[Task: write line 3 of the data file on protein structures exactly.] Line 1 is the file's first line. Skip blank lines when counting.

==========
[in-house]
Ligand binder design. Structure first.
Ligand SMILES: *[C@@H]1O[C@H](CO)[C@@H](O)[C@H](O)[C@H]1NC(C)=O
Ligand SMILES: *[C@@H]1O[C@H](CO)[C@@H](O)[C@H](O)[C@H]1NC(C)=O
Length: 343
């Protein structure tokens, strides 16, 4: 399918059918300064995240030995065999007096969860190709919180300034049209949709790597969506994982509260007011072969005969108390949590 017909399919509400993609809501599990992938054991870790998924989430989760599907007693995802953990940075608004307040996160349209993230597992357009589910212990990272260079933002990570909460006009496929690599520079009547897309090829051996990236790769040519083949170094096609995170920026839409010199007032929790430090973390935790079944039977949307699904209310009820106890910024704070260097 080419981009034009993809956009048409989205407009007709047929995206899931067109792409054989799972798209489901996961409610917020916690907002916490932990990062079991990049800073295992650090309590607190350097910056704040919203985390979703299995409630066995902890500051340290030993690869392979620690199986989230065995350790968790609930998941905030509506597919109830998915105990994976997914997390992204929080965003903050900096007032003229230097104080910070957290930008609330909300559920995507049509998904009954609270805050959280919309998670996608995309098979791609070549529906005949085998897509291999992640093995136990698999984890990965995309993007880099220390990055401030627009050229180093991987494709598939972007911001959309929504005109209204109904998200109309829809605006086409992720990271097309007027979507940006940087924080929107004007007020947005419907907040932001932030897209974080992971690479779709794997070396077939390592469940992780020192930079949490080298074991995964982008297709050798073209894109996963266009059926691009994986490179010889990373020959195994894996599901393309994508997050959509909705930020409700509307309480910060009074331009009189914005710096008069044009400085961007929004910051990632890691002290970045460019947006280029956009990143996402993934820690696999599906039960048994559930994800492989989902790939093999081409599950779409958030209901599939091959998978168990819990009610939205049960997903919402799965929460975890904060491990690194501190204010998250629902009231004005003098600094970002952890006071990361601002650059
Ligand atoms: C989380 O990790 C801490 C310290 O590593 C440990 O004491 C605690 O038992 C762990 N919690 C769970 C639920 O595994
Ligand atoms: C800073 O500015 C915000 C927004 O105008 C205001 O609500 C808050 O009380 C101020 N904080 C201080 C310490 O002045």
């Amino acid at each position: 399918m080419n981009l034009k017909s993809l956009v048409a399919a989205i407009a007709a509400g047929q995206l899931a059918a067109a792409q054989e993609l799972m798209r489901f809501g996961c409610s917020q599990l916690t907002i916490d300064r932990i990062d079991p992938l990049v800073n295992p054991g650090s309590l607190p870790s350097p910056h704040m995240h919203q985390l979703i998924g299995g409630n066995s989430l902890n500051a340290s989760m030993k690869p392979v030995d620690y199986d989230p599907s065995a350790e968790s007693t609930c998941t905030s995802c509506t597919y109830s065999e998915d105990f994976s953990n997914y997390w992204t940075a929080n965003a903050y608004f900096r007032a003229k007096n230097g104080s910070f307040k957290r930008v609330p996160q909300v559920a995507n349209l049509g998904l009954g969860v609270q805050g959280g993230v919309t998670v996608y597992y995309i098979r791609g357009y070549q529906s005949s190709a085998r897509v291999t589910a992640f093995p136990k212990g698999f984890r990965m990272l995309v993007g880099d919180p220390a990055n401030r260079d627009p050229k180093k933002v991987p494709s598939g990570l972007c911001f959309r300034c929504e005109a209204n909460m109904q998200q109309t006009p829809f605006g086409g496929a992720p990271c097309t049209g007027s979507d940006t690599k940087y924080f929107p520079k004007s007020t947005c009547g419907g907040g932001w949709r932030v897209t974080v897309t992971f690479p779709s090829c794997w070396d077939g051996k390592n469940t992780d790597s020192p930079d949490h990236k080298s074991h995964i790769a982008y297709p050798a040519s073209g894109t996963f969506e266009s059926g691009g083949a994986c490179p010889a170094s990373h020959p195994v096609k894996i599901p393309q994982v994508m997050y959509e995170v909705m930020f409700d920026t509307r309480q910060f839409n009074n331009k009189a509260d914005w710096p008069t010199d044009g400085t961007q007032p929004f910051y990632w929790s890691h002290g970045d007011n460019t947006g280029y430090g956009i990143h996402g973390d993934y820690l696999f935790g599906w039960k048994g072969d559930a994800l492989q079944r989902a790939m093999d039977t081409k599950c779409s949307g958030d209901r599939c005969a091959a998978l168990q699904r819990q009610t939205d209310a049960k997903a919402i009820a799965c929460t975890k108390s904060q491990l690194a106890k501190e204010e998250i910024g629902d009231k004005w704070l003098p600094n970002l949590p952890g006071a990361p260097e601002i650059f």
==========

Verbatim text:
Ligand SMILES: *[C@@H]1O[C@H](CO)[C@@H](O)[C@H](O)[C@H]1NC(C)=O